NiTRO Creative Matters

Perspectives on creative arts in higher education

Editorial: Then and now

By Jenny Wilson — The first edition of NiTRO was published on 30 June 2016. It emerged in an environment of policy change with the National Innovation and Science Agenda pushing research towards greater industry connections, collaboration and end user engagement in response to the Watt Review of Research Policy and Funding Arrangements.

The broader higher education arena was awaiting the outcome of the Turnbull Government’s consultation Driving Innovation, Fairness and Excellence in Australian Higher Education  and news of changes to competitive grant criteria and  research block grant funding that this consultation document presaged. In all this university/government innovation discussion, the creative arts sector was conspicuous by its absence.

Meanwhile, the Office of Learning and Teaching, one of the few Government higher education agencies that regularly funded creative arts advancement had been disbanded and the Sydney College of the Arts, AusDance and the Tertiary Dance Council of Australia were facing an uncertain future.

The aim of NiTRO was simply to provide a platform for creative artists practicing in academia to contribute to informed discussion about issues and activities relating to practice, research and teaching.

Forty six editions later we have featured the voices of over 500 contributing authors, in over 380 articles who have shared their perspectives of the sector, their experiences of teaching, research and life within academia and their hopes for the future.  Contributors drawn from visual and performing arts and creative writing in Australia have been joined by colleagues across the globe as we sought to unpack what it means to be a creative arts academic today. To give a broader perspective we included the views of Vice Chancellors and other senior tertiary education managers, media, arts practitioners and leaders of arts practice organisations, post-graduate students and academic colleagues from non-arts disciplines who share our passion about the importance of the role and status of creative arts in tertiary education.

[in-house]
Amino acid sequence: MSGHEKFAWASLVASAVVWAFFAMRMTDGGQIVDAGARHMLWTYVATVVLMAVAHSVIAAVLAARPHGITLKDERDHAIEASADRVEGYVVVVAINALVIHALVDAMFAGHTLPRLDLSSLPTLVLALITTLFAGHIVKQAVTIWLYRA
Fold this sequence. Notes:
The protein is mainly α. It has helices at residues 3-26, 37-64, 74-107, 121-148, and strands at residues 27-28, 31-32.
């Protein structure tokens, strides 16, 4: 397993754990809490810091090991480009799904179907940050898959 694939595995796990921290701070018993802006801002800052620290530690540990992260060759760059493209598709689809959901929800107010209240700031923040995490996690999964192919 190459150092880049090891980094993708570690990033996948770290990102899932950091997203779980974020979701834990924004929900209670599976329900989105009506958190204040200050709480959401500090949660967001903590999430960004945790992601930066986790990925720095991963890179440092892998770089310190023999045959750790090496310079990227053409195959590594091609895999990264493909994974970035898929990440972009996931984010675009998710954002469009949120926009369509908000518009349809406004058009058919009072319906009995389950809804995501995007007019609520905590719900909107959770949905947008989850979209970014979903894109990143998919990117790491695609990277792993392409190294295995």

We have featured edition Welcomes from four DDCA Presidents – Su Baker, Clive Barstow, Cat Hope and current interim President Craig Batty, and it has been a pleasure to work with all of them.  In “the backroom”, NiTRO has been supported by three web officers to have used their skills and creativity to transpose word doc text into an online “visual extravaganza” – thanks go to Max Piantoni, Travis Cox and Tom Barton, and to DDCA administrators, Kay Morrissey and Thao Nguyen.

As this is my last NiTRO as Editor, I invited some of the contributors over this time to revisit their original pieces – to update on projects and to consider how circumstances and opinions may have changed or deepened during the intervening years. Through NiTRO I have been privileged to share in the journey that so many creative artists in academia have made and I thank all our contributors for their amazing insights and collegiality.

In this edition of NiTRO:

Ian Haig (RMIT) reprises his 2016 ( and 2018 ( pieces to focus on the anomalous position of art in the corporatised university.

Russell Kennedy (Deakin) shares the extraordinary success of the Australian Indigenous Design Charter that he introduced NiTRO readers to in 2016 (

Samantha Donnelly (UTS) explains more about how her human-centred design studio approach outlined in NiTRO ( has evolved into the regenerative design curriculum adopted at UTS.

Amanda Stuart, Aidan Hartshorn and Kate M Murphy (ANU) update us that the Balawan Elective ( familiar to ANU students in 2016 has now been joined by sister program the Buugang Elective offering wider opportunities for students to learn first-hand from our First Peoples.